A controversial Cabinet member is coming to the University of Baltimore this winter to help usher newly minted graduates off into the working world.
Education Secretary Betsy DeVos has accepted an invitation from the university to speak at commencement in December, according to administrators. City Paper first reported the news, which University of Baltimore spokesman Chris Hart confirmed to Baltimore Fishbowl.
Hart released the following statement from the school:
U.S. Secretary of Education Betsy DeVos has accepted an invitation from the University of Baltimore to deliver a keynote address at this fall’s Commencement, scheduled for Dec. 18. Throughout our nearly 100-year history, UB has pursued a commitment to intellectual engagement and an array of opinions; this is a foundational goal at our institution and is today expressed in our invitation to the Secretary to speak to and get to know our community.
Historically, drawing a top Cabinet member to speak at a graduation ceremony in Baltimore would be an impressive achievement, but DeVos is an odd fit for the part.
A career businesswoman, Republican Party fundraiser and a member of one of Michigan’s wealthiest families, DeVos had never worked as a teacher or an education administrator when Trump tapped her to lead the U.S. Department of Education in November 2016. The U.S. Senate went 50-50 on a confirmation vote in February; Vice President Mike Pence ultimately pushed her through with a tiebreaker vote.
In her seven months so far as education secretary, DeVos has championed school choice — and wrongly labeled historically black colleges and universities as a school choice success during a speech – and rescinded an Obama-era federal rule that would have made for-profit colleges more accountable for defrauding students. (Maryland and 17 other states have sued her for the latter move.)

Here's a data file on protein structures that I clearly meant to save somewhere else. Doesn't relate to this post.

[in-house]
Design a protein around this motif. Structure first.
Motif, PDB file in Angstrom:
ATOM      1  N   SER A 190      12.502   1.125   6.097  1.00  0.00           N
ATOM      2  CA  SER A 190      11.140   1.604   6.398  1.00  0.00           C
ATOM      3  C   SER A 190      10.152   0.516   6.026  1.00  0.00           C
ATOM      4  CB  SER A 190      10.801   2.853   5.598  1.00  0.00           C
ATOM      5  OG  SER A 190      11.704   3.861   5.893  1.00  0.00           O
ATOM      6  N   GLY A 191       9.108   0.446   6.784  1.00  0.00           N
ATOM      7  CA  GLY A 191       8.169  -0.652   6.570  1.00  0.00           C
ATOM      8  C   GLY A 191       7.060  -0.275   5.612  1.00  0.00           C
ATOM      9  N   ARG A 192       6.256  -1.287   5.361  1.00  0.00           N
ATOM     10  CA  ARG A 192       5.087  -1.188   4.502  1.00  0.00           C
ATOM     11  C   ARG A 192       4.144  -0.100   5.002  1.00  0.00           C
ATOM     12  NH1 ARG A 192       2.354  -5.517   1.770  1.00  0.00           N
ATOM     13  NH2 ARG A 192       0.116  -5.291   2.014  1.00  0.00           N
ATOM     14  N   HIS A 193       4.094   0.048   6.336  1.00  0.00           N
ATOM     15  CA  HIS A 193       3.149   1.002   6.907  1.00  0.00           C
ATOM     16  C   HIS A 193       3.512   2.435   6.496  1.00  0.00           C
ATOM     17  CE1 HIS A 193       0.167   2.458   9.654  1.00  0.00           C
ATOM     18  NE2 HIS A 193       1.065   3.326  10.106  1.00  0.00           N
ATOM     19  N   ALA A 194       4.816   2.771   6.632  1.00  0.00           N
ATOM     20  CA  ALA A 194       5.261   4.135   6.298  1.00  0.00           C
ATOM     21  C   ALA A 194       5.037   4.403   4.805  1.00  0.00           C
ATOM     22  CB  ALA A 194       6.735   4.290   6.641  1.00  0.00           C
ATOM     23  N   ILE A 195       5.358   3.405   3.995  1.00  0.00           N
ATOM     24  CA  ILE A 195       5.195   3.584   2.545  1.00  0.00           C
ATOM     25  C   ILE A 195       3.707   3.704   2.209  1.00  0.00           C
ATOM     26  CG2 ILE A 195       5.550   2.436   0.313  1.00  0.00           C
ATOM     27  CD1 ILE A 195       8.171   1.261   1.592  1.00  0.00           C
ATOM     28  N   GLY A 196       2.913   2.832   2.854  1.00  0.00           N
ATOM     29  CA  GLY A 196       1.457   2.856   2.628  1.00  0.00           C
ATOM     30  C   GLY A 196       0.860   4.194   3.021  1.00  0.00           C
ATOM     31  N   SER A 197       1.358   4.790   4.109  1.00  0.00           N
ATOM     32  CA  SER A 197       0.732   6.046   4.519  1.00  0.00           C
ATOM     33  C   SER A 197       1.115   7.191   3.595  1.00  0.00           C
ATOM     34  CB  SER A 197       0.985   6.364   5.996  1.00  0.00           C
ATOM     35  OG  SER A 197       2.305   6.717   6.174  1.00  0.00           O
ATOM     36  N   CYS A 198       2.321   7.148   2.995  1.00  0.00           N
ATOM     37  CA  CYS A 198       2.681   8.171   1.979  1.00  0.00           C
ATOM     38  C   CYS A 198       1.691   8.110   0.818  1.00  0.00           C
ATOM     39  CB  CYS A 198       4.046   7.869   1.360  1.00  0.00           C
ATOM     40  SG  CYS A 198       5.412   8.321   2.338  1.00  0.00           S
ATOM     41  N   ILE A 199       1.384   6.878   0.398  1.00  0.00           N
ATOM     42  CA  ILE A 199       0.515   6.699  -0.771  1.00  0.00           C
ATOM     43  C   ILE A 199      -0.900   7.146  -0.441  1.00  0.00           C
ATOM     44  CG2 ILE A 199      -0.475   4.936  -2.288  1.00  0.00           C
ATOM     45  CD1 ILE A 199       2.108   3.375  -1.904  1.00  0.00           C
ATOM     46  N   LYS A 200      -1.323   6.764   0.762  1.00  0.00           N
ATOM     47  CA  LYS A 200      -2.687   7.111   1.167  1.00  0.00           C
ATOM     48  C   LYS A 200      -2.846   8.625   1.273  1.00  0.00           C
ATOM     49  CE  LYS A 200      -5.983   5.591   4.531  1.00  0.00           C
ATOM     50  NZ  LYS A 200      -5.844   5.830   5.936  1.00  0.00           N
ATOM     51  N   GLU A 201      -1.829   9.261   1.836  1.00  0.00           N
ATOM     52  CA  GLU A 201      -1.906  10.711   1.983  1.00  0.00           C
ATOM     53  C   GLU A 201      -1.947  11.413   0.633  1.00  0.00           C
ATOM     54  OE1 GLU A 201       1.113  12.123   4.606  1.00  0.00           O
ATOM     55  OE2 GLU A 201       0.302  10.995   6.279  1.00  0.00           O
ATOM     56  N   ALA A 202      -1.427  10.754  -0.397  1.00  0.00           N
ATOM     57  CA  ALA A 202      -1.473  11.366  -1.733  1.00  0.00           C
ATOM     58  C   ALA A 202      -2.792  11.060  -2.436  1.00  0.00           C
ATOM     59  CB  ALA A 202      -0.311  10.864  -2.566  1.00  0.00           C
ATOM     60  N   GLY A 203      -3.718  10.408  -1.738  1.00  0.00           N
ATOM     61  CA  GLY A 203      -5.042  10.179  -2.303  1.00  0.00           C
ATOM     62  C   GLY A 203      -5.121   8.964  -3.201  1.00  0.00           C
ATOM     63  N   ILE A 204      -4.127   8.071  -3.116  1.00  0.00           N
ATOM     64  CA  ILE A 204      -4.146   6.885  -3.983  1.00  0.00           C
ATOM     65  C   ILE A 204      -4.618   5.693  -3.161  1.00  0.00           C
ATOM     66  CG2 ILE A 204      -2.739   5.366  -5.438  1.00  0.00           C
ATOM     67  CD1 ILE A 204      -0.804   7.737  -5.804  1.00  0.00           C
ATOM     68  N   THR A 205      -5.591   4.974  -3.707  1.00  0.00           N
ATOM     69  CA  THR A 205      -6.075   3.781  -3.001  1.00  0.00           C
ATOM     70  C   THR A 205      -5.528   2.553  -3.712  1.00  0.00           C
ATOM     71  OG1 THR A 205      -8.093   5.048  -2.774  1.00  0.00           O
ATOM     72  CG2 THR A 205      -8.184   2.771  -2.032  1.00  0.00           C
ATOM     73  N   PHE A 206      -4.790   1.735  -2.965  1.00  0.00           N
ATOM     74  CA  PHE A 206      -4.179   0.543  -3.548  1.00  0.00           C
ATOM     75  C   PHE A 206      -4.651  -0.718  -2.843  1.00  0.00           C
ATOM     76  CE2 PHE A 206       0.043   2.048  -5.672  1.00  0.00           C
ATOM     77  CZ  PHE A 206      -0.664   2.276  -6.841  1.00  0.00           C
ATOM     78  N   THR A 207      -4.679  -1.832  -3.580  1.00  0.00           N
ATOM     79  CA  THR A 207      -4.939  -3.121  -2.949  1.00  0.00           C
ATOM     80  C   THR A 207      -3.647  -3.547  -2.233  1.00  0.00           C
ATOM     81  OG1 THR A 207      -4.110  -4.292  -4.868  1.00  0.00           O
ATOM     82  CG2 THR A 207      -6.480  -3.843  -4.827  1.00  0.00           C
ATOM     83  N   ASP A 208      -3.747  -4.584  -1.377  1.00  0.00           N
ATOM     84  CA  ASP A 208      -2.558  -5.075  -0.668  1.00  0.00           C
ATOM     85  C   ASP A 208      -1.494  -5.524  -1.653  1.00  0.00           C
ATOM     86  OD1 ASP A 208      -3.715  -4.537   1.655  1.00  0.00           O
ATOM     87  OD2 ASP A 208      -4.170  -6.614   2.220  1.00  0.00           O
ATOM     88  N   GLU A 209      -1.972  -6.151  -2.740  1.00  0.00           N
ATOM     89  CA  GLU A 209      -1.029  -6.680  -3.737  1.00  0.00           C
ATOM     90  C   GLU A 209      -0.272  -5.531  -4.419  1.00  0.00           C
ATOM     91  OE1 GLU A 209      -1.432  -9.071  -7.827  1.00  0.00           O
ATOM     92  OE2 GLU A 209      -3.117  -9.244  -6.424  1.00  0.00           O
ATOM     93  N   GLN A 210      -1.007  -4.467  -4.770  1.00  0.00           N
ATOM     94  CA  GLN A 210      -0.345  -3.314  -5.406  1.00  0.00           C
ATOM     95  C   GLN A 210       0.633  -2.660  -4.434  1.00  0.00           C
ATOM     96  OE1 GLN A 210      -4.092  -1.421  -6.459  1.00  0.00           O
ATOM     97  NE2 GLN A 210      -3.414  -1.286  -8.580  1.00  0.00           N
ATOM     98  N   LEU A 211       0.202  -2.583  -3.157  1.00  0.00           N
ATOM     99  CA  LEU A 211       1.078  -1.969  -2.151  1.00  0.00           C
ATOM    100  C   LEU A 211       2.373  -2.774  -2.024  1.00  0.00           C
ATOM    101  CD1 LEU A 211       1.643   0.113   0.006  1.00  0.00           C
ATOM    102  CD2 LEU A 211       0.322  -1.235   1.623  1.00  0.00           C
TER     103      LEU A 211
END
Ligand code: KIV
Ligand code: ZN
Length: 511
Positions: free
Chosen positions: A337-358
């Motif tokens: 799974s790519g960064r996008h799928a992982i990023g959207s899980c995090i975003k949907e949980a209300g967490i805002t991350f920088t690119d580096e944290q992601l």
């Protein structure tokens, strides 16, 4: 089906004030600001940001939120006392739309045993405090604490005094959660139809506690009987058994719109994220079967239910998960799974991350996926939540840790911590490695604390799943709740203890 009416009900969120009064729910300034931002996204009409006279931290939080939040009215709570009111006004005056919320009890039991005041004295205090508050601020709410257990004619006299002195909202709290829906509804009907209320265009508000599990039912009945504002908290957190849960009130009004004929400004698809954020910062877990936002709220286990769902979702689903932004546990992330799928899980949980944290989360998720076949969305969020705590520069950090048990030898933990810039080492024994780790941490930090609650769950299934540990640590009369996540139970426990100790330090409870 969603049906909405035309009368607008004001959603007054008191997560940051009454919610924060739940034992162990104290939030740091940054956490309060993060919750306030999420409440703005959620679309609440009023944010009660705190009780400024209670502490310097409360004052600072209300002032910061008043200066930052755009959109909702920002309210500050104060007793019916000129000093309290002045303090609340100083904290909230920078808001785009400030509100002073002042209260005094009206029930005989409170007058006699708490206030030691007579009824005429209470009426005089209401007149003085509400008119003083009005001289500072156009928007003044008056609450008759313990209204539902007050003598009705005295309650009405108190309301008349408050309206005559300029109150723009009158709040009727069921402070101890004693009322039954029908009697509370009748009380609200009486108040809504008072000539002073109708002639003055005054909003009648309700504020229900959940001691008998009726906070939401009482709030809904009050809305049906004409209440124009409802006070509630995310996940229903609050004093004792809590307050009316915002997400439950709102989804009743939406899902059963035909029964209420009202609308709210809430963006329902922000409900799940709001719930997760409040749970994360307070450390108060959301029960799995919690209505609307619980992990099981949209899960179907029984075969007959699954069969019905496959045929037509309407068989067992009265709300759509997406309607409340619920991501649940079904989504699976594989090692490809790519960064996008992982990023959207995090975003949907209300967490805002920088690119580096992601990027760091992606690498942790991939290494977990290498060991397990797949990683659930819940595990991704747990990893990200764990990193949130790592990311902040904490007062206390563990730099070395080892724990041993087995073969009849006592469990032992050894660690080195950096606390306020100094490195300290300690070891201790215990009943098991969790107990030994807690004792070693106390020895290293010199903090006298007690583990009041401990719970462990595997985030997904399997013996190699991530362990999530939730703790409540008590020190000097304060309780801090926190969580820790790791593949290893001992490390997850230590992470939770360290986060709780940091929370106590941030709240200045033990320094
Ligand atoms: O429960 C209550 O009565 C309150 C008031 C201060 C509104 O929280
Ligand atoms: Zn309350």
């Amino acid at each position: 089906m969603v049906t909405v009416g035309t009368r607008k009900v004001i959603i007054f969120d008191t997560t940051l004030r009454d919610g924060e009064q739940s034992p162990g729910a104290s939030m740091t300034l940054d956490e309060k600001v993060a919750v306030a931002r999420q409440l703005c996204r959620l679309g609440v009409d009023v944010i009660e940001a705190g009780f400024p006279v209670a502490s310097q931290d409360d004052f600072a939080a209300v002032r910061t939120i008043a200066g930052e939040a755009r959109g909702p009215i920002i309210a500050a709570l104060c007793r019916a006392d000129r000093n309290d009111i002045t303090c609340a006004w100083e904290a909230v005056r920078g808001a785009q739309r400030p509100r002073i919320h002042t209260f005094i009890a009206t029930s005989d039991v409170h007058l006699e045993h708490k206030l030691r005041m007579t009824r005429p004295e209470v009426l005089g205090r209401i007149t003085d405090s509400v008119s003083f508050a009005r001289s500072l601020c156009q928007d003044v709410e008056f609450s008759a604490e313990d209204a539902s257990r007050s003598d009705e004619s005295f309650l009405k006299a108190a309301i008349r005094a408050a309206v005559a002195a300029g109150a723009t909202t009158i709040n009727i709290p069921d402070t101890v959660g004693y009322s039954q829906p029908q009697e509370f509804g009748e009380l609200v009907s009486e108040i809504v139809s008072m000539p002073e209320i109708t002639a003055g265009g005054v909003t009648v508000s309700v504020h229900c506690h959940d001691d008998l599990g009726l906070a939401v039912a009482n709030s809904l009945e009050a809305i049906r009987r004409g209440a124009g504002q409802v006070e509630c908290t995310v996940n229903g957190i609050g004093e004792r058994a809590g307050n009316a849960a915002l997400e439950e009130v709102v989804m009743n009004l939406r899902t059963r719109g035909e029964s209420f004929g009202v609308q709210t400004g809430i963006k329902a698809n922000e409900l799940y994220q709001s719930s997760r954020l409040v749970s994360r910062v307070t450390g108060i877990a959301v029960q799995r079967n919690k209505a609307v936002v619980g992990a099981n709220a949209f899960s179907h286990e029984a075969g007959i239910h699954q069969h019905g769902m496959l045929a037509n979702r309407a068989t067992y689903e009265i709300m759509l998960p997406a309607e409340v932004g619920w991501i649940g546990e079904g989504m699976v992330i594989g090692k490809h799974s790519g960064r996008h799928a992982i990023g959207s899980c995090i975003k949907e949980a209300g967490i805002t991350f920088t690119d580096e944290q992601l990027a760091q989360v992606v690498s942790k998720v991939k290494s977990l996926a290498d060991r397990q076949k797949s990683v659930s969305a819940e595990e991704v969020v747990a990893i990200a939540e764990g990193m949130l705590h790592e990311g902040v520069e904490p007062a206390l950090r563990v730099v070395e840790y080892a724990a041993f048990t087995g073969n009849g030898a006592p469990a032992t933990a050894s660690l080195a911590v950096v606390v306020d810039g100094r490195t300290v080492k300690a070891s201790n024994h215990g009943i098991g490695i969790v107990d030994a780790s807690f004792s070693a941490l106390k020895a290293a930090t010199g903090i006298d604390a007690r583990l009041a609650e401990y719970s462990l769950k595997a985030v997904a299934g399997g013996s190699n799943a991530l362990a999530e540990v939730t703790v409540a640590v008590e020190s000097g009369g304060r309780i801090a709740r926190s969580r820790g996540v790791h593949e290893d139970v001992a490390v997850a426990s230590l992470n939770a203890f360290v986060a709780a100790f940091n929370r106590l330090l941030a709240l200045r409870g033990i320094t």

Just this week, she also announced plans to rewrite rules for campus sexual assault guidelines to offer better treatment for the accused, drawing condemnation from survivor advocacy groups and many current and former officeholders.
DeVos hasn’t been well-received during some of her visits to schools around the country. During her first official appearance as education secretary in February, she visited a middle school in Southwest Washington D.C. and was promptly blocked by protesters from getting into through the main entrance. (She got in through a side door.) In May, graduates booed and turned their backs to her while she gave a commencement speech at Bethune-Cookman University, a historically black college in Florida.
Hart said no details were immediately available about how the University of Baltimore decided to invite DeVos. He said there’s “a fair amount of dialogue going on” on campus. Student groups, alumni and even high school guidance counselors have contacted the school about it, he said. “They all want to know the why and the how.”
UB Student Government Association president Mariame Dangnokho wrote in a letter to her peers yesterday that the “SGA was not included in the discussion to have Ms. DeVos as the speaker and was not made aware of her involvement until today, when some of you found out.”
“We understand many of your frustrations and discontent with this invitation and are looking into how this decision was made,” Dangnokho wrote.
Hart said the university plans to hold meetings about the matter and will have likely more information available next week.
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